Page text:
What’s the Difference Between SanDisk Ultra vs Extreme?

Why Compare The Sandisk Extreme vs Ultra?

Sandisk is one of the most well-known brands in this area whenever you are looking for new memory or SD cards. For instance, if you look up the best SD cards for the Nikon D3300, you’ll see that Sandisk is mentioned.

However, Sandisk offers a variety of memory cards, so just because they are made by the same company doesn’t imply they are identical. Similar to how not every Nikon camera is the same, not every Sandisk memory card is the same.

However, when it comes to similarities and differences, cameras are simpler to distinguish. A memory card is more challenging! The most crucial information regarding the Ultra, Extreme, and what each of them includes can be found on this page.

What is SanDisk Ultra?

Memory cards (SD cards) of the SanDisk Ultra SD Card range are primarily intended for amateur and beginning photographers who use smartphones or entry-level cameras.

This is due to the Ultra line’s inability to process the resolution provided by professional cameras quickly enough. But because of its intended audience, it is very accessible and broadly compatible.

Additionally, there are several forms. SanDisk Ultra microSD, Ultra SD Card, and Ultra micro SD cards with SD adapters are all readily available.

  • Ultra microSD UHS-I cards come in 64GB, 128GB, and 512GB capacities.
  • The Chromebook Ultra microSD card comes in 64GB, 128GB, and 256GB capacities.
  • The Ultra SDHC/SDXC comes in 64GB, 128GB, and 256GB capacities after that.
  • The capacities of the Ultra SDHC UHS-I and SDXC UHS-I cards range from 16GB to 512GB.

Regardless of the SD card you select, a memory card reader is required if you want to upload photographs and video files to your computer.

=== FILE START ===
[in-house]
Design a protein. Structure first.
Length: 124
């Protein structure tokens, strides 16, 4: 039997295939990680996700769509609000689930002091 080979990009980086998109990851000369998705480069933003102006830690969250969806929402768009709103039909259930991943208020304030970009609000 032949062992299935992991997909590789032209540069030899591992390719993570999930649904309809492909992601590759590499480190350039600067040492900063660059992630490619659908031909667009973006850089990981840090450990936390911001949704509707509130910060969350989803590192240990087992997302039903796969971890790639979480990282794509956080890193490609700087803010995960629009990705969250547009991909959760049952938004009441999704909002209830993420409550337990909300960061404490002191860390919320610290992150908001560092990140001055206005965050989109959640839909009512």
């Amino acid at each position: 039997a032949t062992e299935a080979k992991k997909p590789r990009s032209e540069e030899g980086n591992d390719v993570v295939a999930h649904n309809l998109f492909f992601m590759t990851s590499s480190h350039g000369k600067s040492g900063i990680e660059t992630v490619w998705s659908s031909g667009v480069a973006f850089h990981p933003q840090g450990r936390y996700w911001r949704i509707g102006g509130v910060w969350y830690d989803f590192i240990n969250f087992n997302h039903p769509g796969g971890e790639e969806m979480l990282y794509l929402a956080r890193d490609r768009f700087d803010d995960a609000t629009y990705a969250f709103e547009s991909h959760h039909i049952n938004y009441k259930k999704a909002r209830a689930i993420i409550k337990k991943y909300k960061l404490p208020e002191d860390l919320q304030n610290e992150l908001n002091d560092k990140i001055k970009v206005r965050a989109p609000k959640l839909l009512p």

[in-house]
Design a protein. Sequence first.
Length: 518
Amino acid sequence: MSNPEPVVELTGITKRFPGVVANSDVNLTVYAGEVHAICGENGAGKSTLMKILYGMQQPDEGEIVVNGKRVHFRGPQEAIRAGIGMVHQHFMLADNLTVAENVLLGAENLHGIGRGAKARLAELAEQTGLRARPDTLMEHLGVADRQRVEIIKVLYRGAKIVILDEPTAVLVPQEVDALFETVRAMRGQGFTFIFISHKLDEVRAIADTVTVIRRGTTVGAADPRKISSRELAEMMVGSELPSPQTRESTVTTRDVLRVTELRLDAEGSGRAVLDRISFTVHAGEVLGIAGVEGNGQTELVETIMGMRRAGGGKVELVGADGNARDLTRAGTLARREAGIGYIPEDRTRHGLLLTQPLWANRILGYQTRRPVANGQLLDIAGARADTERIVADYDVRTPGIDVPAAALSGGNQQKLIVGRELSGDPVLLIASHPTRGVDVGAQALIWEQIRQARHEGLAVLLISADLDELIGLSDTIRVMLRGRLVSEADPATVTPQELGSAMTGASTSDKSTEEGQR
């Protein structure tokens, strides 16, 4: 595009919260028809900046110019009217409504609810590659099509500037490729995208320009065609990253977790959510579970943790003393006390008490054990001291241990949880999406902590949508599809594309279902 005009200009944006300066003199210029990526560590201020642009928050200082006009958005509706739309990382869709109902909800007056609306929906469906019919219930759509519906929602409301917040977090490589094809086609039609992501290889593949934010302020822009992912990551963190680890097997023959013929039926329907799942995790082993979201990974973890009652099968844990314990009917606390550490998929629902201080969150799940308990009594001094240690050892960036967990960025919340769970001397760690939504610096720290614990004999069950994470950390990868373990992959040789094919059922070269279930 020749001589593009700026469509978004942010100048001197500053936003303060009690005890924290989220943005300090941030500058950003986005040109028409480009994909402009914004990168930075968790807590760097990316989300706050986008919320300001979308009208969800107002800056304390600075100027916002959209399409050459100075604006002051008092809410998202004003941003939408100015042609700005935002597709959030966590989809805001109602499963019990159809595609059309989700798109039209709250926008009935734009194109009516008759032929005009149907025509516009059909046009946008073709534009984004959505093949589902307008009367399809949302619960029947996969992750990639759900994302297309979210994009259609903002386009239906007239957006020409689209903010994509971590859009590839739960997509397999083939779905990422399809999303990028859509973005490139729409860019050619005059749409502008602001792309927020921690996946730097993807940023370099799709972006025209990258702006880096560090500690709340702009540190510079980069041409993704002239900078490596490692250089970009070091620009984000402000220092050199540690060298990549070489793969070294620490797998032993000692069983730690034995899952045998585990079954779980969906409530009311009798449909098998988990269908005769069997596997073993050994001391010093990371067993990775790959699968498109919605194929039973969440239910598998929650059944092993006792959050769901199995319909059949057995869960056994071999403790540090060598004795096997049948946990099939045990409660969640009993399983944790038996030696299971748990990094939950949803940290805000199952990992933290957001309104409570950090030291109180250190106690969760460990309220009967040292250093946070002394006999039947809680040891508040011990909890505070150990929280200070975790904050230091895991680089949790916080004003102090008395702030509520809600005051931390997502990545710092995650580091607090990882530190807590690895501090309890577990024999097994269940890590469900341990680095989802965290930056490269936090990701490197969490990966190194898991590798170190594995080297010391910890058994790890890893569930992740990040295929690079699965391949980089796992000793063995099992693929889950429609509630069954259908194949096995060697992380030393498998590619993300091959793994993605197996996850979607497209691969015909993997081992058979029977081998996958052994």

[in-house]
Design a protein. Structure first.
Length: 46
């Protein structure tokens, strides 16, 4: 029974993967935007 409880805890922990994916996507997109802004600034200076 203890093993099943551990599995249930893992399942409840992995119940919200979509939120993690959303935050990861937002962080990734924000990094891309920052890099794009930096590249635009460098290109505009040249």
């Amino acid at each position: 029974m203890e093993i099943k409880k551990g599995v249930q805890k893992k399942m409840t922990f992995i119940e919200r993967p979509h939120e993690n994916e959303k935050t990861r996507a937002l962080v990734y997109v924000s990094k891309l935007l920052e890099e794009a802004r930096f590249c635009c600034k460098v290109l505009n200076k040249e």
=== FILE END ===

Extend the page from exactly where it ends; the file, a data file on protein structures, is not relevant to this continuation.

What is SanDisk Extreme?

In comparison to the SanDisk Ultra range, the Extreme series is more potent. These SanDisk memory cards can support 4K video and burst mode while shooting raw thanks to their faster reading and writing capabilities.

Although the Extreme is an improvement over the SanDisk Ultra, it is still only the next step down from the Extreme PRO, which is the top of the line for SanDisk memory cards.

So be careful not to mistake the SanDisk Extreme for the SanDisk Extreme PRO when you purchase one. Even if it wouldn’t be a problem and you’d actually be obtaining a product with better performance, you’d pay more money and it would probably be unnecessary for your needs.

When it comes to the SanDisk Extreme, it is also available in SD and microSD formats, unlike the Ultra, and it also supports CompactFlash.

Additionally, there are fewer capacities available, with a top limit of 256GB. If you require a greater capacity for high-resolution photographs and movies and/or a maximum write speed, you should look into the SanDisk Extreme Pro.

  • The storage capacities of SanDisk Extreme SD UHS-I include 32GB, 64GB, 128GB, and 256GB.
  • There are three storage sizes for SanDisk Extreme microSD for mobile gaming: 64GB, 128GB, and 256GB.
  • 32GB, 64GB, and 128GB capacities are available for SanDisk Extreme CompactFlash.

Sandisk SD Card Specifications Meaning

The SD and microSD card characteristics can be very perplexing if you want to discover which SanDisk SD card is superior to another. The SD card seen above contains a variety of symbols, each of which denotes a distinct meaning. You will be able to evaluate SanDisk Extreme and Ultra cards more effectively if you comprehend these.

Complete explanations of these subjects, including the distinction between an SDXC card and an SDHC card, are provided below, along with responses to some additional queries.

Card Type: SDXC

The cards are all SDXC. With SDXC (Secure Digital eXtended Capacity) memory cards having a capacity range of 32 GB to 2 TB, this only pertains to the internal data architecture of the camera. Lower capacity cards from the same model will be SDHC (less than 32 GB).

You shouldn’t be concerned about the discrepancy between SDHC and SDCX’s theoretical maximum capacities. Using the card’s real capacity rather than its kind is clearly much superior.

Bus Type: I

This is a reference to the highest possible theoretical read and write speeds for a specific memory card, in this case UHS-I. (Ultra High Speed). The new UHS-II cards aren’t cheap, but they also aren’t outrageously pricey. However, they are only usable with cameras that can handle the extra pins in these memory cards, so if you don’t have one of those, you can’t use them.

Video Class: V30

The continuous writing the card is rated for are shown by the V number on the card.